There are arguably four acts to this film. The first being “the dawn of man.” The second is our discovery of the monolith on the moon. The third is the secret mission to Jupiter to study another monolith and surviving HAL’s attack. The fourth is Dave entering the monolith, experiencing time/space/existence in a frightening and trippy way. Then being “reborn” as a giant fetus star child.

The worldviews in this film are interesting if you have the tolerance to sift through a large amount of material produced about this film. Theories, documentaries, papers, and blog after blog posit lots of very interesting ideas. The chief idea, in my opinion, is the nature of man. Darwinian evolution is the lens we are probably meant to see this through but there is a strong foundation under-girding that worldview which posits intelligence. Did the monolith nudge life along, promoting a form of intelligence behind our development? Or was the monolith witnessing unguided key events in our species development and waiting to see when we were finally ready to come into contact with a higher intelligence?

Some movies leave question after question open for interpretation because the writers think they are really smart. And they aren’t (everything Damon Lindelof has ever done). Some movies leave open-questions because the people behind the story are truly smart and want to create something “more”. I think the latter is the case here. However, that doesn’t make it good.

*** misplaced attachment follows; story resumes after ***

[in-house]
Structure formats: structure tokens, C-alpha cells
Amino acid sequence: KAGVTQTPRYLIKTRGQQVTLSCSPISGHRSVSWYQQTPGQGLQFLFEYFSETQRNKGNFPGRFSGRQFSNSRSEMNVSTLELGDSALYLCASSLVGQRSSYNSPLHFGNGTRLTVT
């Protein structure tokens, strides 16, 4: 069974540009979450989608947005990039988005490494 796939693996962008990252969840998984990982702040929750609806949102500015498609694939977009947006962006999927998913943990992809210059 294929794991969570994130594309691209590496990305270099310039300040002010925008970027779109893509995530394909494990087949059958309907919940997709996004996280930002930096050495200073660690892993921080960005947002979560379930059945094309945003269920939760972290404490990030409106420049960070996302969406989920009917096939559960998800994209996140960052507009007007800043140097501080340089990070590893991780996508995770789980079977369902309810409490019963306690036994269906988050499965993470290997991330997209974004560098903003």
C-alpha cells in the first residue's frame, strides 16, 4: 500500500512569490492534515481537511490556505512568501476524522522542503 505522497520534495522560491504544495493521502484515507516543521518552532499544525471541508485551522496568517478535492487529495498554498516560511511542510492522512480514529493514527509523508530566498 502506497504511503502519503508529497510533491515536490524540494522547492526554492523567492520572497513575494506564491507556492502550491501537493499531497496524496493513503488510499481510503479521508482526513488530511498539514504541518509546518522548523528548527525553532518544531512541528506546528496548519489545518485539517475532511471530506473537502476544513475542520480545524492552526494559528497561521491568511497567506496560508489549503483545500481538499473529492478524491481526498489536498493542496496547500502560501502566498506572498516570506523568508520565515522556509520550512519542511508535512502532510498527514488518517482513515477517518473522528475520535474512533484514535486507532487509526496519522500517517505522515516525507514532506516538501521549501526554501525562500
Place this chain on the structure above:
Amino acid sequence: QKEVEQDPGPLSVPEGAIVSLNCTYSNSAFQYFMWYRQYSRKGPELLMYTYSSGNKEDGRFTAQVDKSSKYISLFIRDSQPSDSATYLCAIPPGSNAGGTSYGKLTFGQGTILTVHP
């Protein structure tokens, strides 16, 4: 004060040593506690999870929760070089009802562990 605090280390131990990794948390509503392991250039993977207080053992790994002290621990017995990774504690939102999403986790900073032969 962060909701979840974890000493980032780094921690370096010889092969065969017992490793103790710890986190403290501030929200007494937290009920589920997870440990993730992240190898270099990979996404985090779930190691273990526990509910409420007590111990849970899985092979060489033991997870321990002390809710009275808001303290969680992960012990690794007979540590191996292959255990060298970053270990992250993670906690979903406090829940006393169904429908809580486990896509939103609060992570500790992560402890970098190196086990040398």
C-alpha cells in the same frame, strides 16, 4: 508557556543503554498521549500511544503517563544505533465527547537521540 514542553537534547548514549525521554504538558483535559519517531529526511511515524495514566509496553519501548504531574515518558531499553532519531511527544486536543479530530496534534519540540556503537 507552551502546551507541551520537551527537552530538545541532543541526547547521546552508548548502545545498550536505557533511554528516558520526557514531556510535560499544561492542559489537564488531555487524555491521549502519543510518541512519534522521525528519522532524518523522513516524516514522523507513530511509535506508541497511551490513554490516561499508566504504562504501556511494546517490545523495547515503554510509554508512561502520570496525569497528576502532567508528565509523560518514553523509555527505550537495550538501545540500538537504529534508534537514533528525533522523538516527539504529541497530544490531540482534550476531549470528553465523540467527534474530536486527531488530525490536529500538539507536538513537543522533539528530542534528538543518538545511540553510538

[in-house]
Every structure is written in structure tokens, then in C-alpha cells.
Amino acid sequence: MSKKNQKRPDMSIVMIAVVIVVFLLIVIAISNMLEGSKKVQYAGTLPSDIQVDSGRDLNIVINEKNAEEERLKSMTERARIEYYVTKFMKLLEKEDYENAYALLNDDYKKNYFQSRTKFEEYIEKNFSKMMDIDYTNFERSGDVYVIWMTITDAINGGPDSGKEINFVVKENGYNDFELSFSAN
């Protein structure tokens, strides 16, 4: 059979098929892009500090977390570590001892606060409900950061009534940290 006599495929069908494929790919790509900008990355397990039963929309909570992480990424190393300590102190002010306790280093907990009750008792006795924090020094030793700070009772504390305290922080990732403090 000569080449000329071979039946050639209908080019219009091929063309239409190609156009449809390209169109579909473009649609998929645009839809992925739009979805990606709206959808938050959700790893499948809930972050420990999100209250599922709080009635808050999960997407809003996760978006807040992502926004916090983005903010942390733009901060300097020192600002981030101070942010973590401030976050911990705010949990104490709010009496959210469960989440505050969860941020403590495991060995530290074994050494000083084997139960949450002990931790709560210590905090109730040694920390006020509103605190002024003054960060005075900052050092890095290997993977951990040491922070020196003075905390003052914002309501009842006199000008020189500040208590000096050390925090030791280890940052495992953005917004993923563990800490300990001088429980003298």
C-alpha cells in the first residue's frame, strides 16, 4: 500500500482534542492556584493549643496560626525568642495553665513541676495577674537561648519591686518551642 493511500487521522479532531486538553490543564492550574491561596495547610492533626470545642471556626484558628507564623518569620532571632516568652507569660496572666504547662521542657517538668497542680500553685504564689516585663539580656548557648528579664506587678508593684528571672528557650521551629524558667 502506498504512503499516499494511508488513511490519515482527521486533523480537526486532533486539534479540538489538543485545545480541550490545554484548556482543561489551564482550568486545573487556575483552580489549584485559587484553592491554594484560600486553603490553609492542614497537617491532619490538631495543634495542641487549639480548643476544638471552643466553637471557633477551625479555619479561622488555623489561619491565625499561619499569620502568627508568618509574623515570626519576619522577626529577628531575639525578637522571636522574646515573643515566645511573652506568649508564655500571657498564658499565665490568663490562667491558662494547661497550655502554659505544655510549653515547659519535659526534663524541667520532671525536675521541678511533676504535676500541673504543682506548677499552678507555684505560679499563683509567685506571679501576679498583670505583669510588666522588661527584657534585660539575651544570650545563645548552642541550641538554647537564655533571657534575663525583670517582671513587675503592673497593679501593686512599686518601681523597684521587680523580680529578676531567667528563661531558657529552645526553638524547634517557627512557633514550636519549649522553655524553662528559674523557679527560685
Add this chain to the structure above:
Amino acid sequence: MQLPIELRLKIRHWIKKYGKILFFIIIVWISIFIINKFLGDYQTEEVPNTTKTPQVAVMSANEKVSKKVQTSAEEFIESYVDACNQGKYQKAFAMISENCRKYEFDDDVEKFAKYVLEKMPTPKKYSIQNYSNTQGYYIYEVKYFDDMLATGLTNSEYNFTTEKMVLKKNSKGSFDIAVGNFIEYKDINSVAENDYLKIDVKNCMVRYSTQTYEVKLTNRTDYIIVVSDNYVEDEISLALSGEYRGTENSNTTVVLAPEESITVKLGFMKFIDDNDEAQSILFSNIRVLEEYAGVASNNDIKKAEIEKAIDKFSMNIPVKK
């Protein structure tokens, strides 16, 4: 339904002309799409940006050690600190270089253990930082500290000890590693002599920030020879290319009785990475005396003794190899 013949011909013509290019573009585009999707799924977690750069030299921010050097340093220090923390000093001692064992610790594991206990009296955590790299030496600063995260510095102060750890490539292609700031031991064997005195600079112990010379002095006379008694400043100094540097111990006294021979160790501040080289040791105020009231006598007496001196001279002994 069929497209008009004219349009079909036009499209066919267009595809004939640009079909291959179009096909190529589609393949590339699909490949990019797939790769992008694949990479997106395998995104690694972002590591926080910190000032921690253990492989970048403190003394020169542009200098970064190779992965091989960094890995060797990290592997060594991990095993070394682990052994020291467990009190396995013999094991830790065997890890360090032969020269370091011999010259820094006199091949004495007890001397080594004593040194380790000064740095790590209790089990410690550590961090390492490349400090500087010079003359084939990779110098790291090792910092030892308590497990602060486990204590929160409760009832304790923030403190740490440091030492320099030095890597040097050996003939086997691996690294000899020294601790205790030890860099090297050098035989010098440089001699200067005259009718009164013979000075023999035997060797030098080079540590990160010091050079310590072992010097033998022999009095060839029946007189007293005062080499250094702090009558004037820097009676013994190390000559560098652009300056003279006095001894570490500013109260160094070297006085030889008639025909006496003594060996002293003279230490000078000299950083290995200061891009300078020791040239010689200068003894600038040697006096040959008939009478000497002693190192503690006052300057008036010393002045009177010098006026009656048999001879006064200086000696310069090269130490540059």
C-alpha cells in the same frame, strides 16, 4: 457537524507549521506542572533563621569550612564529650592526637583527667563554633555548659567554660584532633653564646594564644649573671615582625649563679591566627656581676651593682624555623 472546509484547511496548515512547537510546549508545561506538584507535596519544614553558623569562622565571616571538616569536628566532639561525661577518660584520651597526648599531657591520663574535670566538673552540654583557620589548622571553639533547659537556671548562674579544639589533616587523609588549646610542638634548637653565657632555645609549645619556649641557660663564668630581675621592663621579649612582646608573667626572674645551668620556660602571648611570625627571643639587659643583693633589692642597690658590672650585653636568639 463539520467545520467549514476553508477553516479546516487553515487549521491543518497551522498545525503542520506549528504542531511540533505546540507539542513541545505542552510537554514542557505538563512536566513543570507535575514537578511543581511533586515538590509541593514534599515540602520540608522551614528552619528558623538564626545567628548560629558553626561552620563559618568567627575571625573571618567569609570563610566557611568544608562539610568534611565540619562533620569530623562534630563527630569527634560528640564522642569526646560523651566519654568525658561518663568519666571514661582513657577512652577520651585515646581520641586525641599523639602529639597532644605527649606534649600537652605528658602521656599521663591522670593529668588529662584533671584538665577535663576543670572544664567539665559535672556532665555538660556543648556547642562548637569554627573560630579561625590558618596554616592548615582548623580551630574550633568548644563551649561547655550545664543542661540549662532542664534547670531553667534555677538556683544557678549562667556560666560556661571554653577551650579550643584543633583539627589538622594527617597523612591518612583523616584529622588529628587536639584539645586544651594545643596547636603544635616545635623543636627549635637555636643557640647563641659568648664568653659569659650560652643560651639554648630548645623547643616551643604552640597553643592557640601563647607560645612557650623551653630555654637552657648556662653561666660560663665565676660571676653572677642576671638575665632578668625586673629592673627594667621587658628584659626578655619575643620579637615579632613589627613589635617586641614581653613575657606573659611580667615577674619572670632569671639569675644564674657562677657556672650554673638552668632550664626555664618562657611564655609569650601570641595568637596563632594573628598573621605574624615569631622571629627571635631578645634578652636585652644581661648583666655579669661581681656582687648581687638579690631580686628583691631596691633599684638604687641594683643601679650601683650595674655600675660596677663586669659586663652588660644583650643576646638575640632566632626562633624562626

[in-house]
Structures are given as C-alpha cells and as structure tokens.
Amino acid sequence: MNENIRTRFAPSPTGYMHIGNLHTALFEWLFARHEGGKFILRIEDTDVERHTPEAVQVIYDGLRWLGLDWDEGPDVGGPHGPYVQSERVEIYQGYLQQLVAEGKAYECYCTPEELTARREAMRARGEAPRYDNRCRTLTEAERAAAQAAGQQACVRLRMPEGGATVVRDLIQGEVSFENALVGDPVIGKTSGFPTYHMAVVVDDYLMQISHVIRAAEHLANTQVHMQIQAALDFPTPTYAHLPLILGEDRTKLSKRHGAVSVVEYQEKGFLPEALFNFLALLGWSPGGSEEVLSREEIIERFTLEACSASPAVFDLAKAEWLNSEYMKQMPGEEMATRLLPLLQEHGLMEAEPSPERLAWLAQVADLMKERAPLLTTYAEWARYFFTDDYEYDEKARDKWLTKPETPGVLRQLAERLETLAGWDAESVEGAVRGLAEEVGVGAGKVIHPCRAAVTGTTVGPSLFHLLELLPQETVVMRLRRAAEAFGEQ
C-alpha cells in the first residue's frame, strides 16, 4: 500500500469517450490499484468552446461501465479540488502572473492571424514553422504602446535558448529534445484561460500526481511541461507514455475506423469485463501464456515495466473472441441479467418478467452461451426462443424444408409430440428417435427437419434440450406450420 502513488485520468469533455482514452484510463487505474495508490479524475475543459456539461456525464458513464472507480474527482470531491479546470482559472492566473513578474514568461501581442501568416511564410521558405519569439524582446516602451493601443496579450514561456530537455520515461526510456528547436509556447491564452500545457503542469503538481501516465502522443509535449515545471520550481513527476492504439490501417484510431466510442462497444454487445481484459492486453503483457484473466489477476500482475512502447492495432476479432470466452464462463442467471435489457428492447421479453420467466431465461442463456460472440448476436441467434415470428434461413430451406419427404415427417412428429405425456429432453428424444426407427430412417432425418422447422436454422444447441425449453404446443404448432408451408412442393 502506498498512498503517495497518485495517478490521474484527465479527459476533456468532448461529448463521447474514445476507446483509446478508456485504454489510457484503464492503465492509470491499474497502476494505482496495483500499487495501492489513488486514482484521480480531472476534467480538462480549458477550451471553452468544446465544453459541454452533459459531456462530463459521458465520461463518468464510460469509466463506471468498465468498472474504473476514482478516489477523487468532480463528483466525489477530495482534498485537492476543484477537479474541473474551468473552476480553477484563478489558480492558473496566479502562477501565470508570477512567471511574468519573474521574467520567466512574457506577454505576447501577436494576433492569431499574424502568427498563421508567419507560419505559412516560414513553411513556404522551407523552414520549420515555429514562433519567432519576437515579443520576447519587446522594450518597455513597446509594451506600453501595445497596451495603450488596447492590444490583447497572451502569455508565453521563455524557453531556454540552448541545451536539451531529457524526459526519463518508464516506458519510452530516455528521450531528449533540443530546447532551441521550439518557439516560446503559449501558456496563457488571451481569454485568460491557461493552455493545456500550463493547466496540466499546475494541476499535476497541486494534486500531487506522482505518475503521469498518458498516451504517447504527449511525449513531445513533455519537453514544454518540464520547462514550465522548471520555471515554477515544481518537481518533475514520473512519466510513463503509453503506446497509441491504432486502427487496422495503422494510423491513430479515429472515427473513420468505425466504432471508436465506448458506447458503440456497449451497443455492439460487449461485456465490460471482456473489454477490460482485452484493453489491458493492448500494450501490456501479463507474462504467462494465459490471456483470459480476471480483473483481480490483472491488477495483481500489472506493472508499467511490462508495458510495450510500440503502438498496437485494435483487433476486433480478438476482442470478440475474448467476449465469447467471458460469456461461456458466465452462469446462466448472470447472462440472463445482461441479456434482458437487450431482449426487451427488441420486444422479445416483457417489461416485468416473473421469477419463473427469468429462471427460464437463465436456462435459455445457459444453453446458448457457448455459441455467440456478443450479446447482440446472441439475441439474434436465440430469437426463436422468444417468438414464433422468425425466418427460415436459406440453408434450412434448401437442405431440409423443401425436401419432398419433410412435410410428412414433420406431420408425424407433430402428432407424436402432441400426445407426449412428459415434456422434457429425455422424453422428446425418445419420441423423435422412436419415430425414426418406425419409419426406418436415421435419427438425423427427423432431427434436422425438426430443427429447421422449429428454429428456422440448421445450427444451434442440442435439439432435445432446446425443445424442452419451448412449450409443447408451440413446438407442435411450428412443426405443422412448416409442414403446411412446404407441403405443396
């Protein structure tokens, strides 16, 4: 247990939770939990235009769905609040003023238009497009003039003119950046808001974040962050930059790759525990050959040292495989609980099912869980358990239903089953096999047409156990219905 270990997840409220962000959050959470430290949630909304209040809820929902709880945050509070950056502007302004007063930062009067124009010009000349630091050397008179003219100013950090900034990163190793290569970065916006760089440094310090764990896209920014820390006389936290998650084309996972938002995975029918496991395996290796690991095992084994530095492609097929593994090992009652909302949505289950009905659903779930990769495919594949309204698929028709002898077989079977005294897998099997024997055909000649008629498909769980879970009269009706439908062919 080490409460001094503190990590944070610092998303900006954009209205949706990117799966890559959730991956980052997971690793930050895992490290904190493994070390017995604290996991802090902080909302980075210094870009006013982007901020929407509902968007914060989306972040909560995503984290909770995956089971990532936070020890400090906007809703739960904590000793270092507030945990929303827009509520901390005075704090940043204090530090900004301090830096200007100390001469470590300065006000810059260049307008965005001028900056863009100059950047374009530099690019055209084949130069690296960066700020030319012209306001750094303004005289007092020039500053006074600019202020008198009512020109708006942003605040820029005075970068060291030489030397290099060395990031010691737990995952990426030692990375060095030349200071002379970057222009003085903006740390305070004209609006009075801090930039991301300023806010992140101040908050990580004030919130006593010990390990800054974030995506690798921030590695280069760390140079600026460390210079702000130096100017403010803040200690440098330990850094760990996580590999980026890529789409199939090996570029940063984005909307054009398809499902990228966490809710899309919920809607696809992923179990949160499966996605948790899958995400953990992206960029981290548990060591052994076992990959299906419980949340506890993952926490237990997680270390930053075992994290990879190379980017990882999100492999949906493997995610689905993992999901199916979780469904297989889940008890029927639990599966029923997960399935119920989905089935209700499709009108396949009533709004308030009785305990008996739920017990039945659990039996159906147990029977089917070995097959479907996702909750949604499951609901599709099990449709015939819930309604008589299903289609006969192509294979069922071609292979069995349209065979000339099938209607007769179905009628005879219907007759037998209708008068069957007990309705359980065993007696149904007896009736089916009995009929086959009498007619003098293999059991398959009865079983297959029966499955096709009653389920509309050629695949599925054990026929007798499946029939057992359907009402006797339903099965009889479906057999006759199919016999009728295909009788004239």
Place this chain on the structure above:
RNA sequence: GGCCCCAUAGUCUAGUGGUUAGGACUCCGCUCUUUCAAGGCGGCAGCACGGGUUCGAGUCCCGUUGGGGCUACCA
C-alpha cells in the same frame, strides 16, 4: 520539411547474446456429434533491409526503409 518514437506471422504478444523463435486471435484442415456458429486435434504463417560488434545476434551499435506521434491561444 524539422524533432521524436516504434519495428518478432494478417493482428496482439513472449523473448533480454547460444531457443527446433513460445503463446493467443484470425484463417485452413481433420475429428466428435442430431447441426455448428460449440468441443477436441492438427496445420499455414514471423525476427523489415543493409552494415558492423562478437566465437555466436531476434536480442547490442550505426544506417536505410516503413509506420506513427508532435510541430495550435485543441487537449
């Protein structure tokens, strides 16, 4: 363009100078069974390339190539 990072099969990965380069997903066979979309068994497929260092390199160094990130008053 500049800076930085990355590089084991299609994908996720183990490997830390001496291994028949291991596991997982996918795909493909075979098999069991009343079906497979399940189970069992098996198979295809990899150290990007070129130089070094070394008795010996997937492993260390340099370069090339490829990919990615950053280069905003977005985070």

The look of this film is stunning. For its day it is unbeatable! The music is either beautiful, terrifying (and I was genuinely scared at times), or absent. But there is zero emotional connection with anyone in this film and it lingers SO LONG in many places. I appreciate wanting to get the feel for a time and space. I don’t mind slowing things down and getting to know your surroundings. This movie takes that to painful lengths. It is artistry at its most pretentious. If you hate me for saying that please make sure you’ve seen the film recently and aren’t just operating on fond memories.

It pains me to say it but this movie is something you are meant to experience and not just view. But I don’t wish that experience on you. Skip this one.


Thanks for joining me on the start of this series. Next I’ll be going to the 1970’s and reviewing Taxi Driver, The Omen and One Flew Over the Cuckoo’s Nest.

If you have any questions about this post or want to talk more about the cinema of the 60s, leave a comment or email me at

Don’t forget to follow us on Twitter @World_Re_Views, where we do mini-reviews and talk about worldview trends in movies and literature.

Reviews by Ryan


2 thoughts on “1960s